Maybe if I started a new iTunes account from scratch I would be in better shape. But that would require me to walk away from thousands of dollars of music, movies, and apps I purchased from iTunes in the past. I’m in a cage of Apple's creation and I believe they should figure a way out of it. At the very least, if I tell Apple Music I don’t like the One Direction playlist (again, not that there is anything wrong with that), Apple Music should not throw it at me again … every day … for the rest of my life. How does the algorithm not take into account when the user specifically says, "please don't show me this again"?

The net result of all of this is that I am unable to use Apple Music recommendations. I guess that’s okay because I know other ways to find new and interesting music but it also just kind of sucks.

The MacSparky Mailing List

For years I've been getting emails from readers asking me to put together a regular newsletter. I've decided to commit and start making a monthly newsletter. The newsletter will have some original content and point at other content that I hope is interesting. I'll be publishing the first such newsletter this week so if that's your thing, go sign up.

Sponsor: SaneBox and SaneReminders

I’d like to thank SaneBox for sponsoring MacSparky.com this week. SaneBox is a kick in the pants for your email. It adds a host of additional features to any email account and works with exchange, Google mail, or IMAP accounts.

There is a lot you can do with SaneBox to tame your email. One feature that a lot of users aren’t aware of is SaneReminders. Often you will send an email to someone and have some sort of expectation about a reply. That creates a pesky problem for you. Do you try and just remember to follow up on it in a week or two? Do you tie a string around your finger? Do you create a task in your task list application to remind you to check on whether or not there’s a reply? There really isn’t a simple, efficient way to handle that problem.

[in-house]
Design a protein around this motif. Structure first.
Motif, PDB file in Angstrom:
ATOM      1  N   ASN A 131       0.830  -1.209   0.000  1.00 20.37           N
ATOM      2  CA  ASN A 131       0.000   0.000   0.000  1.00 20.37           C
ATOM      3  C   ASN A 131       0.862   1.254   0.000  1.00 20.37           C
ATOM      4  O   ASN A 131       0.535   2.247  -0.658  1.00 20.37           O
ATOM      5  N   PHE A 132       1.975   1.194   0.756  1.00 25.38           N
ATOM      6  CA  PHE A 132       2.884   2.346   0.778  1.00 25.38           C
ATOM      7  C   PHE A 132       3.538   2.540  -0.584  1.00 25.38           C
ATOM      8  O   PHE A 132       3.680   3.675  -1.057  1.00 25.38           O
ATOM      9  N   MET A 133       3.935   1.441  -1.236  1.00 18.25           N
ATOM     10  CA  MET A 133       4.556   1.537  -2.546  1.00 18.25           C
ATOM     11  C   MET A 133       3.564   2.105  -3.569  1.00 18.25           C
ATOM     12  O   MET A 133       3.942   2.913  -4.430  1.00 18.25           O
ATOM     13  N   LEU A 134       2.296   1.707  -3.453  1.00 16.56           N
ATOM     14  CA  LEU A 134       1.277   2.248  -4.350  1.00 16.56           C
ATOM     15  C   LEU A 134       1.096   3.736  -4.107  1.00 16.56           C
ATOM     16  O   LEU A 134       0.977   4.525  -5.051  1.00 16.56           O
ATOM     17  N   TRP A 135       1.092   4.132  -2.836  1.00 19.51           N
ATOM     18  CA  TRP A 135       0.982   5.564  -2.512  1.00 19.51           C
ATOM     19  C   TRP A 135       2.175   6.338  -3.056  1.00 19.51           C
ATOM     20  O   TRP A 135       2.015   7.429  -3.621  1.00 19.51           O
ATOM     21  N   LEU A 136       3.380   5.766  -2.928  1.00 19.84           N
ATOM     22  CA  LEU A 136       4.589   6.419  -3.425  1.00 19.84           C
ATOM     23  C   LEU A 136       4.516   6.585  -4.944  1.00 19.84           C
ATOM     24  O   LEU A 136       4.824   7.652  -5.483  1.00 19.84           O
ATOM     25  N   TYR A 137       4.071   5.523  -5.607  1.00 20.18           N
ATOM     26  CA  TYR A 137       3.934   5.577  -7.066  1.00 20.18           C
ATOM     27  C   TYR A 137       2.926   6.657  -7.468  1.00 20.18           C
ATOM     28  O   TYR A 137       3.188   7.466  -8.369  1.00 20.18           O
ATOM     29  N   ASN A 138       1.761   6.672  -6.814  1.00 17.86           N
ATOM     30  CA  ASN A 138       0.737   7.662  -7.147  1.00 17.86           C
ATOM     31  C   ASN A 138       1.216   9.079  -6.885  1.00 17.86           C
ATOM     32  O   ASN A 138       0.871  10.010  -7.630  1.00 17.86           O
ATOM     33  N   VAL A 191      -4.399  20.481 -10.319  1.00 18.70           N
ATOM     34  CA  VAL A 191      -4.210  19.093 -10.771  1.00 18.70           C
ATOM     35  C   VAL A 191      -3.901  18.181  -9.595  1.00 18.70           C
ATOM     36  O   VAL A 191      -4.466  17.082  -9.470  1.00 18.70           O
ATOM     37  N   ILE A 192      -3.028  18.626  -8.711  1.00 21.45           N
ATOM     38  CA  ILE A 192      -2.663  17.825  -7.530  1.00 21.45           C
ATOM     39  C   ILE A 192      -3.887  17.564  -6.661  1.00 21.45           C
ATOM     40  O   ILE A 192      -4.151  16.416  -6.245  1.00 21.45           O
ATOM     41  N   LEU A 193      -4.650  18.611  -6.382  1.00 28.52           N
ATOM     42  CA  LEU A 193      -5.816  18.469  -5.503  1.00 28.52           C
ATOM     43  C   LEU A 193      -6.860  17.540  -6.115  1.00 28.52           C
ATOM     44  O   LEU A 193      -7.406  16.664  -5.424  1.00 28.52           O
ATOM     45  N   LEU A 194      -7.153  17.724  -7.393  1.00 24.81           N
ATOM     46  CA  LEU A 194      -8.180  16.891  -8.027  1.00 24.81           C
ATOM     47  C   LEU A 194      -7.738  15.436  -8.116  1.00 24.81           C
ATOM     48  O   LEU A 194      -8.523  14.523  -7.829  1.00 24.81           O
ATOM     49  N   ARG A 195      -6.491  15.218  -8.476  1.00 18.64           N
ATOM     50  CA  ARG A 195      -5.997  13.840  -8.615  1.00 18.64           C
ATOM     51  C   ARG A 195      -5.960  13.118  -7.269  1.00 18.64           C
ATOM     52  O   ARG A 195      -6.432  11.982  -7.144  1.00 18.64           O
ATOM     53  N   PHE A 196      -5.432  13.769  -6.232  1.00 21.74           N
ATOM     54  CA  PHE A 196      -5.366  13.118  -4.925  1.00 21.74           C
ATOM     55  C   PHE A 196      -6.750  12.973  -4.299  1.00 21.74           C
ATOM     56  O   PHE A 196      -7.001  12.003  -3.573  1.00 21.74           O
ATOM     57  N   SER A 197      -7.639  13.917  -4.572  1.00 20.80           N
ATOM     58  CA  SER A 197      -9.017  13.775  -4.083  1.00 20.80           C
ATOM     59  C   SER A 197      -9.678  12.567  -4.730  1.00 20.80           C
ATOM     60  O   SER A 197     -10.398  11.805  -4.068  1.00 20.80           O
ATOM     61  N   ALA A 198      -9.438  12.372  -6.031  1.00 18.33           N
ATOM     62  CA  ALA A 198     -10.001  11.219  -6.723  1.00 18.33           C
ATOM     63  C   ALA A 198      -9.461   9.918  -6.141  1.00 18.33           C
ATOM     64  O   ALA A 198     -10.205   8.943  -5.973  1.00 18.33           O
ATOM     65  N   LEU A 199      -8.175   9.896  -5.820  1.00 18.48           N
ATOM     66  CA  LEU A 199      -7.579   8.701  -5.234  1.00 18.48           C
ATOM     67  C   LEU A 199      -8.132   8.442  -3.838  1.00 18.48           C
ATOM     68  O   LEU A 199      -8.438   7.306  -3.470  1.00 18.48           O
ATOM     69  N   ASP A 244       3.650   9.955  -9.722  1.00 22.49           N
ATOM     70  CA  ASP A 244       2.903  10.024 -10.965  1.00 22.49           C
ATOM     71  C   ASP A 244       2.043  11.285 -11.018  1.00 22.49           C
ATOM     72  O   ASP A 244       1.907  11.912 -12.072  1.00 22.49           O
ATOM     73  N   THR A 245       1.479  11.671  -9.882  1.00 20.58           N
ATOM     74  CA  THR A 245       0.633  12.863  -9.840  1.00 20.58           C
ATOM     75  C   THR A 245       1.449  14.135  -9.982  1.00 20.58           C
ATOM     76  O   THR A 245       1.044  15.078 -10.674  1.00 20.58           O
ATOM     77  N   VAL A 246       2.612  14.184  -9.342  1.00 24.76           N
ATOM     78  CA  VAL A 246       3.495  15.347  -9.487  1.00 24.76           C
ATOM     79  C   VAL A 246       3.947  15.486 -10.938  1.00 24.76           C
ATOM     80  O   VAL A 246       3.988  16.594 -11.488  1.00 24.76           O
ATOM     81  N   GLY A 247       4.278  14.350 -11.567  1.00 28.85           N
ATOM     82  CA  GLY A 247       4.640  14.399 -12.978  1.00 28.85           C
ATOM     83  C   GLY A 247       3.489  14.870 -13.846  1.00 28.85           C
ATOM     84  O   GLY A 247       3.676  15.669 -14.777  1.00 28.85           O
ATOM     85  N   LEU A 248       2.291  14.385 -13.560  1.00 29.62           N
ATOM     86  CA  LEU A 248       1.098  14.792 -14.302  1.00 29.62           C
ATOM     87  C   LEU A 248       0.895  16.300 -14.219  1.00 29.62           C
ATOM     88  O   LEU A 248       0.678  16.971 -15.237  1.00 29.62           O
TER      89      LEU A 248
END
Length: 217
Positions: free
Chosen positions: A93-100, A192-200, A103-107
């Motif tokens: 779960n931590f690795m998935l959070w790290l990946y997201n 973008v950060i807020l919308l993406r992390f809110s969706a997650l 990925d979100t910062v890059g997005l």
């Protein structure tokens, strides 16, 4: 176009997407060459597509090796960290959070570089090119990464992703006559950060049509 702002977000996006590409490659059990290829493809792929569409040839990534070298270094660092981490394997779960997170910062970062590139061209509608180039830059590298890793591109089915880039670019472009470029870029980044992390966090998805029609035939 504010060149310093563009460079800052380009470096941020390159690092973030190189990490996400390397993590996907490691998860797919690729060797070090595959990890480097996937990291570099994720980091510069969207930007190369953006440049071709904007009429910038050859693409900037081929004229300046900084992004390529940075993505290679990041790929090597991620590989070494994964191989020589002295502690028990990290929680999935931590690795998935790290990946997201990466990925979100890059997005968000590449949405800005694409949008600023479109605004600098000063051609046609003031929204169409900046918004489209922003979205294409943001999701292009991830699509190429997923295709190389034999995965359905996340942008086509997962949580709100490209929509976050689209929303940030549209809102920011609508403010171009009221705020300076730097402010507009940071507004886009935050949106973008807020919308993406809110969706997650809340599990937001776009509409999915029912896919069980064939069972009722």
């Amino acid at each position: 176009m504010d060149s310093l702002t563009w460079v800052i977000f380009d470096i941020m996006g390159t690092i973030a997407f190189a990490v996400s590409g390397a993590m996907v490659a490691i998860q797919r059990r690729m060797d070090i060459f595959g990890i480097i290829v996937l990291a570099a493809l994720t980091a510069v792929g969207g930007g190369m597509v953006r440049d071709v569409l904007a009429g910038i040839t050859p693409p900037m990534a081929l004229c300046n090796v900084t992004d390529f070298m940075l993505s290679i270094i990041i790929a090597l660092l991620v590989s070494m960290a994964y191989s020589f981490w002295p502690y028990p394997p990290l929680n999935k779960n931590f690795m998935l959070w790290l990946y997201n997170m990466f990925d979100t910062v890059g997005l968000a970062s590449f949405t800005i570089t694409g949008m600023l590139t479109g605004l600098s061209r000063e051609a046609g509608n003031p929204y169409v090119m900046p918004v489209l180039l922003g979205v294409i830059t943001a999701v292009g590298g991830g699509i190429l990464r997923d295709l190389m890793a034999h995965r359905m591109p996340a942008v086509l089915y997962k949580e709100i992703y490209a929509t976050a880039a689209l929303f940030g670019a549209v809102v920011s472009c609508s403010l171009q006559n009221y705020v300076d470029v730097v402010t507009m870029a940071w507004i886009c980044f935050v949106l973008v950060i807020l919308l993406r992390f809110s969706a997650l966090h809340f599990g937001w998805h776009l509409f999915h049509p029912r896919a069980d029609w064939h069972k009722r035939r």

With SaneReminders, when you send an email to someone, you can blind copy it to SaneBox with some designated amount of time like, “1week@sanebox.com”. SaneBox then quietly watches out for a reply to that email. If you don’t get a reply within one week, you get a note from SaneBox reminding you. If you deal with a lot of people, this is a completely friction-free way to track email replies. I use this feature every day.

Learn more about all of the features of SaneBox over at SaneBox.com. If you sign up using the links in this post, you even get a nice discount. Who doesn’t want a nice discount? Thank you SaneBox for supporting MacSparky.com.

MPU 317: Myke Hurley: Collector of iPads

This week's episode of Mac Power Users features Myke Hurley, who talks about how he is using his iPad Pro and some of his favorite workflows for the business side of running a podcast network.

There was a problem with the feed (my fault) where some listeners got last week's episode (MPU 316) instead of the new one. If that's you, just re-download the episode and you're fine

Sponsors include:

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  • Automatic The connected car company that improves your driving and integrates your car into yoru digital life. Enter code MACPOWER to get 20% off your purchase. 
  • Fracture Bring your photos to life.

Stanford's Latest iOS Course

Every year Stanford releases a course on iOS application development to iTunes U. It's always good and this year the materials are updated for iOS 9 and Swift. These courses aren't beginner level but they certainly aren't expert level either. If you're curious about these things, this is a pretty good place to start.

Speaking at the Release Notes Conference

I’m excited to be named as a speaker at this year’s Release Notes Conference in Indianapolis on September 27–29. The Release Notes Conference is all about independent developers and the challenges they face. Indie developers are some of my favorite people. They are entrepreneurs, geeks, and fearless trailblazers all at once. I can’t wait to talk to them about the perils and thrills of working for yourself.

FotoMagico 5

For years I've had the reputation in my friend and family groups as being the "slide show wizard". If somebody's getting married, or having an anniversary party, or whatever, they always come to me and ask me to put on their slide show.

I always hedge a bit, explaining that it is very time consuming and that if I'm going to do it, they should at least make sure I get extra cake and ice cream. They always agree to my terms.

What they don't know is that all this time I've simply been taking their pictures and dumping them in FotoMagico with some good music. The app does all the work.

Recently Boinx released version 5 of FotoMagico and now I'll look even better. They've now got features like:

* Resolution independence. Your slide show will play on any projector up to 4K

* Adding video

* New slide transitions and better text animation